A tragic story of two Japanese sisters separated at childhood and plagued by jealousy, negligence and abandonment, GHOST MASK: SCAR is directed and shot by prolific cinematographer Takeshi Sone (he also shot recent festival hit ONE CUT OF THE DEAD) and features a ricocheting narrative that comes together beautifully in a bloody, gonzo final act.

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BLOOD HARVEST (World Premiere of New Restoration)

USA | 2018 | 88 Min | Dir. Bill Rebane

Within the slasher movie canon, there are the indisputable giants: Jason Voorhees, Freddy Krueger, Michael Myers. But what about Marvelous Mervo? Sure, he’s not the omnipresent icon that those other homicidal maniacs are, but there’s something to be said about a madman who’s played by eccentric ’80s music star Tiny Tim dressed like a clown and who leaves victims’ bodies hanging upside down in a barn like cattle.

If that sounds weird enough on its own, just wait until you experience the entirety of BLOOD HARVEST, one of the strangest ’80s slasher movies you’ll ever see. BHFF is thrilled to host the world premiere of a newly restored print of director Bill Rebane’s unnerving and often uncomfortably hilarious oddity, courtesy of Vinegar Syndrome. Full of gnarly kills, Tiny Tim’s signature brand of weirdness, and relentless unpredictability, BLOOD HARVEST is ripe for watch-it-with-a-rowdy-crowd rediscovery.

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SECRET SCREENING

??? | ??? | ?? Min | Dir. ???

For the first time ever, the Brooklyn Horror Film Festival is excited to present a mystery film, and, sorry, we won’t give any easy-to-solve hints for all of you proud cinema sleuths out there! Okay, fine, we’ll give you a little something: Our inaugural “Secret Screening” film will either be a can’t-miss new horror gem that everyone, both genre folks and general film lovers alike, will be talking about for years to come or an unexpected yet prescient genre classic from deep in the vaults. Sorry, that’s all you’re going to get. Now let the speculation begin!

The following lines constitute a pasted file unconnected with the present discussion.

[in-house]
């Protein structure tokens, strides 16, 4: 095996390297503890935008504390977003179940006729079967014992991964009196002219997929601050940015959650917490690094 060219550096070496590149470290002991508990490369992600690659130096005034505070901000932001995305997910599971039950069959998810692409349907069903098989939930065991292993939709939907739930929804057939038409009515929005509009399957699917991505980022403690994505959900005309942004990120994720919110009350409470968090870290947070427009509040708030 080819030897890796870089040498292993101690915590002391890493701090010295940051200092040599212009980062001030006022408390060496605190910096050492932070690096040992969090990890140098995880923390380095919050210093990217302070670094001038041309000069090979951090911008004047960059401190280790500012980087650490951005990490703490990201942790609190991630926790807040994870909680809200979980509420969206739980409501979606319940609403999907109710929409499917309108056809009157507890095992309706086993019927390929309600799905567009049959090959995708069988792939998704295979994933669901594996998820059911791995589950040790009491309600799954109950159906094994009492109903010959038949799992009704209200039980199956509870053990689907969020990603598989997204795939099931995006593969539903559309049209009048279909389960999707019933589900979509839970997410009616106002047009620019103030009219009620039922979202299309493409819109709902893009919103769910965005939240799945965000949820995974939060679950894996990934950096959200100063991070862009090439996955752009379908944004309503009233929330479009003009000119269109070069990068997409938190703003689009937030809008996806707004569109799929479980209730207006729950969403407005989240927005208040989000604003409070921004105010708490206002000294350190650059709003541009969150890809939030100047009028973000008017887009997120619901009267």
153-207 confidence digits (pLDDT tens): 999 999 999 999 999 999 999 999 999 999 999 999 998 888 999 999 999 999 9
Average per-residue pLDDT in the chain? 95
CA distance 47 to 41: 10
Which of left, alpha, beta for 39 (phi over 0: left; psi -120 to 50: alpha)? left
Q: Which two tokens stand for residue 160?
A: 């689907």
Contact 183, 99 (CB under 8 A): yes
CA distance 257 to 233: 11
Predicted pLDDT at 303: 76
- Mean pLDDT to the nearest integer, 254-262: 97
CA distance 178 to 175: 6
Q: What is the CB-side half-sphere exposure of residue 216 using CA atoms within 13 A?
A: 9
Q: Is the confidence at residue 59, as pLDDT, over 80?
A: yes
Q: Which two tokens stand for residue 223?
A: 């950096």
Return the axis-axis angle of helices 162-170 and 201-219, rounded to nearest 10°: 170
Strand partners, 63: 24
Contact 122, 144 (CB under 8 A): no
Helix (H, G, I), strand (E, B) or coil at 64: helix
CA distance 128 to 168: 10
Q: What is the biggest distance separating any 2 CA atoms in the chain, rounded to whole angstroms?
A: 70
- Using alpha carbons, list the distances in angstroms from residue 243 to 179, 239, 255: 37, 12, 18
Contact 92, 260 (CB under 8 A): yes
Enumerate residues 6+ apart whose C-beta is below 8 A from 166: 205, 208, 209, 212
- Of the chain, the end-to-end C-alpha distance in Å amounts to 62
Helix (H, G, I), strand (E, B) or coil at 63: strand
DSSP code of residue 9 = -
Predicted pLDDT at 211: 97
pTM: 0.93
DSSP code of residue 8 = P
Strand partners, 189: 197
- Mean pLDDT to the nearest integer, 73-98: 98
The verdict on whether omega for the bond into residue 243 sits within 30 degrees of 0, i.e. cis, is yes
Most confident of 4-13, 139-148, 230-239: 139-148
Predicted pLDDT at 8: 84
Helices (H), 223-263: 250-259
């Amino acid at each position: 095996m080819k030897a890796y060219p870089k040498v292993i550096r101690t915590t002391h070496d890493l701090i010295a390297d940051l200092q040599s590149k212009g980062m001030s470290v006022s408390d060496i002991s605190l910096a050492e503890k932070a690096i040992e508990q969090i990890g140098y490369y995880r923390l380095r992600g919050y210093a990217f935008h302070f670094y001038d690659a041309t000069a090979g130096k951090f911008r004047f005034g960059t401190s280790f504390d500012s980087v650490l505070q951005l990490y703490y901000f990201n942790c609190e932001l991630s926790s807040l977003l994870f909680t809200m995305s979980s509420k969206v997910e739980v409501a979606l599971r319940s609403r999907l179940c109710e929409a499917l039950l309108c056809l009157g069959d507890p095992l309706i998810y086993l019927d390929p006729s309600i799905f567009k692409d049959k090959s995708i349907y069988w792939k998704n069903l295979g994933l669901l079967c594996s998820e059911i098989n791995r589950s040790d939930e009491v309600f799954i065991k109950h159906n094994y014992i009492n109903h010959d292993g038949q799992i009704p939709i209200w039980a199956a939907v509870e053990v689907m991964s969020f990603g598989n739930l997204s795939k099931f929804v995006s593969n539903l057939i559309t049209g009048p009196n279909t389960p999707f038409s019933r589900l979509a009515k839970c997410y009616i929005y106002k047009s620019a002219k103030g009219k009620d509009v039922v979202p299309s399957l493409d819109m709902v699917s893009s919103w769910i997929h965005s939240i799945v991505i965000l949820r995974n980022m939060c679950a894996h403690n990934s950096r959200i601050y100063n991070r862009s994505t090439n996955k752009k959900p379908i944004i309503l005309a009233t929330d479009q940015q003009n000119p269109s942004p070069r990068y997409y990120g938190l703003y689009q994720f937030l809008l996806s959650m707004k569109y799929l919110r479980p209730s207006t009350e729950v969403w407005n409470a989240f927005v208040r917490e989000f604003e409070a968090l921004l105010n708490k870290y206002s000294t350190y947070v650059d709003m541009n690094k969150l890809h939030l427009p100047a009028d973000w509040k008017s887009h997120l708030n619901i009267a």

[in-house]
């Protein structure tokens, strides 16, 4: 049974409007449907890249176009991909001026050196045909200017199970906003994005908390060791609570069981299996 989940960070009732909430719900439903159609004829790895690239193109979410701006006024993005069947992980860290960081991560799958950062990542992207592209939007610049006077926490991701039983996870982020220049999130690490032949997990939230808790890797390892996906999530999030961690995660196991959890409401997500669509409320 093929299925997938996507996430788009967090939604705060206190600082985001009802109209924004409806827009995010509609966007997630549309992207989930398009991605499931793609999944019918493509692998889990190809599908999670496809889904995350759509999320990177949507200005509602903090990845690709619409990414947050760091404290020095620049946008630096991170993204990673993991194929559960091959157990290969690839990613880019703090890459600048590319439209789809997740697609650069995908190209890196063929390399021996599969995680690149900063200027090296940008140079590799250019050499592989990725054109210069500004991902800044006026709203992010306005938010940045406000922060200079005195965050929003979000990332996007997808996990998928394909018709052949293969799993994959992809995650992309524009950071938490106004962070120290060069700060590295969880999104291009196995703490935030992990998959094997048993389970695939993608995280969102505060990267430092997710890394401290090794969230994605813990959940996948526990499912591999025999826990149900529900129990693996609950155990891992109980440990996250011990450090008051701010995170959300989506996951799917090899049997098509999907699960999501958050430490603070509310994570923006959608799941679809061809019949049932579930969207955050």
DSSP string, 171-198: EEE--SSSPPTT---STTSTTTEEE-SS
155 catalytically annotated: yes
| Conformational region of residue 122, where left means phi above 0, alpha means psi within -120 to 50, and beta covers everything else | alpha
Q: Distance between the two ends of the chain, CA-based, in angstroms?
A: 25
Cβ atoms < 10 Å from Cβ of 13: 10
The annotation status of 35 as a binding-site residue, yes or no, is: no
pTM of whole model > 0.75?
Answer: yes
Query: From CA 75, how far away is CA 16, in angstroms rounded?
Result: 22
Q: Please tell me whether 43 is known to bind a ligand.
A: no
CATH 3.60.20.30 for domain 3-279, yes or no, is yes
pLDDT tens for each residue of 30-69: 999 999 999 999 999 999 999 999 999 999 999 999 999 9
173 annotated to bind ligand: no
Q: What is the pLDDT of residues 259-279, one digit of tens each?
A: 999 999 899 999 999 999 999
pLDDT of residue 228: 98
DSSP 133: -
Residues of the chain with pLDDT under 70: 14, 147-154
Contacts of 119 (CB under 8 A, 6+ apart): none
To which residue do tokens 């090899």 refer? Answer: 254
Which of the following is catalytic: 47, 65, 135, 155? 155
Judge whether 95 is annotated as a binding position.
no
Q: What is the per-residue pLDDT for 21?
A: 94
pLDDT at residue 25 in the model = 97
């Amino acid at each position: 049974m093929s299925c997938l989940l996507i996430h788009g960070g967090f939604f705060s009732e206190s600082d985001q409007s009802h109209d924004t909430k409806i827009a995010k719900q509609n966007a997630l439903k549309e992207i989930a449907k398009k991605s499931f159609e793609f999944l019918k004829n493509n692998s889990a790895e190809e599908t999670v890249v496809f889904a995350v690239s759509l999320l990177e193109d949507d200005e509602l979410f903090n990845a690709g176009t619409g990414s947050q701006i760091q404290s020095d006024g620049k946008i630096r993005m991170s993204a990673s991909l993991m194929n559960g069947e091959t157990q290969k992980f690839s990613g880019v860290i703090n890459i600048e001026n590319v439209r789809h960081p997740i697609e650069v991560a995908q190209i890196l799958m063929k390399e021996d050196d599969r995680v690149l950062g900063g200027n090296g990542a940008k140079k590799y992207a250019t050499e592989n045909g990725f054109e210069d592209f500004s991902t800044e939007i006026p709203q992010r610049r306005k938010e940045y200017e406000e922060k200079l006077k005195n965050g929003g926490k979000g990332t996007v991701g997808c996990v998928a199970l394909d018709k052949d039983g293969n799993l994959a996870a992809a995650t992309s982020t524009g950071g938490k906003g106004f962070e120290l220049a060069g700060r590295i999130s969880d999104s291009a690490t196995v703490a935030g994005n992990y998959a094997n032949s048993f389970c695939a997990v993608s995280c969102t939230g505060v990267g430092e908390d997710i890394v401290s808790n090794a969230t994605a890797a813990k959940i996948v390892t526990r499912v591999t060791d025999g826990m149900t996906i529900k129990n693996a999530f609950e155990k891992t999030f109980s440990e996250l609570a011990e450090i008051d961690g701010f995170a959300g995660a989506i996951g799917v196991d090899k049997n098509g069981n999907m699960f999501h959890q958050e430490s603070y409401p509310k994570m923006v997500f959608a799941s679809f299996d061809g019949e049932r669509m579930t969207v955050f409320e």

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EMPATHY, INC. (East Coast Premiere)

USA | 2018 | 96 Min | Dir. Yedidya Gorsetman

In the “high risk, high reward” world of venture capitalists, rising star Joel lets it all ride on a deal that, sadly for he and his actress wife, painfully falls apart, leaving him with no other choice than to move in with his wife’s parents for financial reasons. Feeling like a huge failure, Joel unexpectedly finds some hope via a run-in with an old friend, whose business partner asks Joel to invest in a new experiential technology called XVR, or Xtreme Virtual Reality, the latest product of which allows wealthy folks to see life through the eyes of the less fortunate. Unfortunately for Joel, XVR’s makers’ intentions aren’t what they seem.

Shot in stark black-and-white and going into exceedingly dark narrative places, NYC-bred director Yedidya Gorsetman’s EMPATHY, INC. is the best kind of lo-fi sci-fi, an intimate character piece rooted in big ideas and blending doses of brutal horror into its cerebral tapestry. Comparable to an extended and decidedly bleak BLACK MIRROR episode, EMPATHY, INC. is a homegrown slice of pure genre-mashing ambition.

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If you are ever attacked by a gorilla just sit back and relax while you enjoy the once in a life time feeling of your limbs being ripped off.